Art, community, and feminism: a chat with Rosa Francesca

Updated: Mar 10

Crochet eyeballs, anyone?


A naked, mostly armless woman with neon pink hair lurches towards me, supported by a single hand emerging from her mouth. In another corner, another woman stares at me with bleeding eye sockets containing not eyes but faces, blue and pink, projecting from her body at skewed angles. Elsewhere yet another figure kneels, an arm where their head should be, dangling a rose in front of a body dripping with blood. It is unsettling. I am unsettled.

I’m walking around “Not Alone”, a gallery devoted to Rosa Francesca’s work, designed by “Frogbeat2” and recommended to me by Rosa herself.

She also told me about how her art wound up hanging on OWW’s walls, the merits of presenting art in a virtual space, and how her fascination with vision took her from crocheted eyeballs to surreal digital portraits.



Rosa started off as a regular OWW player, “after randomly coming across it in an ad”.


“At the time I was dealing with some really bad chronic pain and needed a new game to obsess over whilst cooped up in bed, and it was the perfect antidote! I became artistically involved after I found the art of Jessica Ballantyne in the game and reached out to her to buy some prints. She connected me to the creators of OWW who asked me to add some of my art into the game - as an avid player at this point, I was super excited about the opportunity!”

For Rosa, it wasn’t just a chance to see her work hung around the game - it was also the first time her 3D visual art had made it to any walls, virtual or otherwise.

Nowadays she’s one of the game’s most celebrated artists, and I seem to find her digital eyeballs peering at me from every other gallery I visit. It’s not hard to see why. Rosa’s work is undeniably striking and often plays with your perceptions of the human form. Limbs are mismatched or elongated, bodies are drenched in vibrant colours and eyes crop up where they oughtn’t.



When I asked Rosa why women and eyeballs dominate so much of her art, she told me it had to do with self-expression: “I love including femininity in my work as an expression of my identity as a woman and a lesbian”, she said, as well as “a celebration of my own body in general.” She also draws inspiration from medical illustration and anatomical art, which fascinate her - but nothing can top a good eyeball.


“I'm not sure how they came to be such a big part of my work! I've been fascinated by eyes even before I became an artist (I used to make crocheted clothes with crochet eyes as embellishments), so it makes sense that it's worked its way into my art too. I want to look more critically at the imagery of eyeballs and vision in my future work, and am particularly interested in optical illusions and how our brains trick us into seeing the 'wrong' things.”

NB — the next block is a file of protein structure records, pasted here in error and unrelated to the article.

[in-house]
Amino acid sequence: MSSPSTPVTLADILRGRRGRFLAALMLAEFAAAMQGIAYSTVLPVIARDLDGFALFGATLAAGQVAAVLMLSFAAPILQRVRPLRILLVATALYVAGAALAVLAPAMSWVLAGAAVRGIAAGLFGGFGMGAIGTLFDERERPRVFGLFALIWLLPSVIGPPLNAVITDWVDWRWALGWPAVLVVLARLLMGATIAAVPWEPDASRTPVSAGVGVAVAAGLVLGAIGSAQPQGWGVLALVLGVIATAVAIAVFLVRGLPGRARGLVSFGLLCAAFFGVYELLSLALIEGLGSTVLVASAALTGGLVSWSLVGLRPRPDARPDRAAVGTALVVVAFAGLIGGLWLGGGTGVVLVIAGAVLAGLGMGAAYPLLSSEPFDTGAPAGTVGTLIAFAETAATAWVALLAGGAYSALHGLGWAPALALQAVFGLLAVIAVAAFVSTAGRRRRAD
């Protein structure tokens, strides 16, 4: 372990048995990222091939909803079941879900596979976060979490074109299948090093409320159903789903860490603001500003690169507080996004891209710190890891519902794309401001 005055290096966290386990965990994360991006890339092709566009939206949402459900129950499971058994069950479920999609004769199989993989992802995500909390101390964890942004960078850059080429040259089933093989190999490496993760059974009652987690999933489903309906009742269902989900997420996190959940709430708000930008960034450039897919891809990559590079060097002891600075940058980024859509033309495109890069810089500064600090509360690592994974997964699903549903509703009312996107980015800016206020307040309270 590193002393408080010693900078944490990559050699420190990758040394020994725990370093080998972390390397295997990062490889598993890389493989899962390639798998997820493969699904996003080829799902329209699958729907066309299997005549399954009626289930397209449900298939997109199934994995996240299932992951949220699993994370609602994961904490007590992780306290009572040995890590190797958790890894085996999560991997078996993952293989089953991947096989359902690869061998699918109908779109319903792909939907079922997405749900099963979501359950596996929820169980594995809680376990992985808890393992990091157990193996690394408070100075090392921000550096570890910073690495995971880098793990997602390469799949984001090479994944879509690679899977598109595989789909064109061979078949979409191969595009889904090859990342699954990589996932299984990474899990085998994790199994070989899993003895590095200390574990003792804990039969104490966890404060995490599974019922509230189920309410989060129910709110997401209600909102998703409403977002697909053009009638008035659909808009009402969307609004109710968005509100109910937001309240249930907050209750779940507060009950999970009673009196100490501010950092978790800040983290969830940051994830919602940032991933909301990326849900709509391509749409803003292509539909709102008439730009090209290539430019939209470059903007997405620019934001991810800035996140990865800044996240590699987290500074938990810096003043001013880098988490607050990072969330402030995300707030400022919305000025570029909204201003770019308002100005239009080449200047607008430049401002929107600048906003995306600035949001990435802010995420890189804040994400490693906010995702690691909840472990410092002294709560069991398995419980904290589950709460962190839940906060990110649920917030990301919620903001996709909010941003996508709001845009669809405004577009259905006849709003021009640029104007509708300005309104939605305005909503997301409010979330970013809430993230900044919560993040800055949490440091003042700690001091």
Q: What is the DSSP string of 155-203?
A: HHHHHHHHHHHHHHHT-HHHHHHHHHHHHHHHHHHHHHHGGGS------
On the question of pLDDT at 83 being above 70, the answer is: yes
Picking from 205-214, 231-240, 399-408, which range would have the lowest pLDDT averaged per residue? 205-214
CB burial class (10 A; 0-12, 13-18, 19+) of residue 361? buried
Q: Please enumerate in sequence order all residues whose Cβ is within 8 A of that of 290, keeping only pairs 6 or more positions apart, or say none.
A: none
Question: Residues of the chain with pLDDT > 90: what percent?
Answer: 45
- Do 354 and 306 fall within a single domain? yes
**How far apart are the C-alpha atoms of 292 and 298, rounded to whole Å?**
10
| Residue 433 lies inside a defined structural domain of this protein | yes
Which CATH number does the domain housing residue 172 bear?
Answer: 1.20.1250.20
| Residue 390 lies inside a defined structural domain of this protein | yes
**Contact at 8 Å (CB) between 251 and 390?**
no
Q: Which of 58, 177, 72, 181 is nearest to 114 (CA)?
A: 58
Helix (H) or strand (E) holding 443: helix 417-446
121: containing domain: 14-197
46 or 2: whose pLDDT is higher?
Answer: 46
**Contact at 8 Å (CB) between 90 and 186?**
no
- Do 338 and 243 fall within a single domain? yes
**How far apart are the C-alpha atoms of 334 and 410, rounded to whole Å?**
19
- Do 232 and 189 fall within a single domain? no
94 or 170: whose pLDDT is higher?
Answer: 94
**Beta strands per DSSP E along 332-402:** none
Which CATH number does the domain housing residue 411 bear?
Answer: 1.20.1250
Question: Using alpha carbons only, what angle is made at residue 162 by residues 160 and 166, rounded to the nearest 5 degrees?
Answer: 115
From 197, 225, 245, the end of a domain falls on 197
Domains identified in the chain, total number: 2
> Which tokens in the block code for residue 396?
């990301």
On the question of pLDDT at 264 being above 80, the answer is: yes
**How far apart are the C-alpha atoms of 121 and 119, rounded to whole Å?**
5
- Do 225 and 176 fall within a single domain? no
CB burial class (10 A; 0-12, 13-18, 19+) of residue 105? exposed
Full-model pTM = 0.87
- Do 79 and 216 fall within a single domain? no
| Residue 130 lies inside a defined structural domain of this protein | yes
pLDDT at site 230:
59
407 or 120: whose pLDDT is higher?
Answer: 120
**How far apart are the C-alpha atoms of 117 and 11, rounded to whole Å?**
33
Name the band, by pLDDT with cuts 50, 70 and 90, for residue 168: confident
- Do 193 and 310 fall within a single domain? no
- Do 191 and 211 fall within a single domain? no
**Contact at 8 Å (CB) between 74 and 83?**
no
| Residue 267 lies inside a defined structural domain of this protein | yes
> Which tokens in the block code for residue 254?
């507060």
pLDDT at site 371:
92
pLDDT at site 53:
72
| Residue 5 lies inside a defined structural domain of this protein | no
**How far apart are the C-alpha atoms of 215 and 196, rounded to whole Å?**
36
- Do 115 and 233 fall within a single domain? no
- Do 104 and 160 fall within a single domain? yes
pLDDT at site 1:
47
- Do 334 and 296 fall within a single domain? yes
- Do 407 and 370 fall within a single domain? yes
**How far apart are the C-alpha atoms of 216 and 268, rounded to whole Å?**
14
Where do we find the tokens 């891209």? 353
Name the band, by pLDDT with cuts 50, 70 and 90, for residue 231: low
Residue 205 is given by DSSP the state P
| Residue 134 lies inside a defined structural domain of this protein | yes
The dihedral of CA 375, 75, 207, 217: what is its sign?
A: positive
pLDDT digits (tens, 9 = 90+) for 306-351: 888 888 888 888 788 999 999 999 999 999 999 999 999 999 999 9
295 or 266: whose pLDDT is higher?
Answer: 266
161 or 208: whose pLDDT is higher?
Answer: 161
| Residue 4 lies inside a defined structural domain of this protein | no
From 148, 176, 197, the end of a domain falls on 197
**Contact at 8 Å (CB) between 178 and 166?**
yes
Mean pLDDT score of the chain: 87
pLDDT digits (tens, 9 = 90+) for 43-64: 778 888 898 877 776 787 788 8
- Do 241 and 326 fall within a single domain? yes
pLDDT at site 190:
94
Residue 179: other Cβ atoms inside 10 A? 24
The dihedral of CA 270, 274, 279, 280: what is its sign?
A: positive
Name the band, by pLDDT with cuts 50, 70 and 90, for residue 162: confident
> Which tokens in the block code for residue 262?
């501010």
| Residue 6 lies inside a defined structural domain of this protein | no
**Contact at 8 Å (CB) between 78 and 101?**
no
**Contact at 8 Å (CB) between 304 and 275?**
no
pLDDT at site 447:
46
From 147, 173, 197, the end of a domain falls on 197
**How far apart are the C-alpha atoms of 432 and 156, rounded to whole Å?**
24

A few steps around the Not Alone gallery are all you need to appreciate Rosa’s interest in physiological trickery. Another common motif sees arms plunge into bodies and come out the other side, protruding from backs, sides, and mouths. In Not Alone, those images come paired with Frogbeat’s own additions, a practice which Rosa cites as one of the most surprising things about having her work included in the game. That figure with the multicolored faces-instead-of-eyes, for instance, has an Egyptian statue crouched right next to it with blue and pink toilet rolls where its own eyes should be.

They’re playful reflections of the world inside the artwork, which Rosa sees as “almost creating installations around it”.

I was curious about whether seeing her work in the virtual world and how players interact with it, might have changed Rosa’s artistic approach. How do you create for an audience with a creative bent of its own?

“Since the pandemic, I haven't been able to take part in many physical exhibitions, so I'm continuously considering how to present my work in virtual spaces, and Occupy White Walls has definitely helped me explore. In terms of the art itself, in the past, I've mainly made visual art for myself, and the game has encouraged me to think about how others might view and experience it. I don't know if my art has changed that much, but I definitely think more about the motivations behind each piece.”



The pandemic might have taken away many traditional display spaces, but it’s also pushed artists towards a virtual sphere where they’ve got a direct line to their audience. It’s intriguing to think about the advantages that interconnectivity brings to creativity - but connectedness can be its own reward, too. Rosa isn’t just an artist who plays OWW. She’s also an active member of the community, from sharing secrets in the tips and tricks Discord channel to chatting about her art.

“I've loved being a part of the OWW community! In the past, I've been put off joining gaming communities because of hearing how toxic they can be, particularly towards women, but what I love about OWW is that typically everyone is so welcome and there's no cliques or hierarchies.”

As someone who covers games for a living, I’ve jumped into my fair share of Discord servers where toxicity does indeed run rife. OWW isn’t the only oasis in the swamp of rude (and yep, often sexist) gamers, but it is a particularly lush one. Largely, I think, because it’s explicitly built around people making cool stuff and sharing it with each other. As Rosa puts it: “everybody wants to help out their fellow players and collaborate!”.


If you haven’t already, why not join them?

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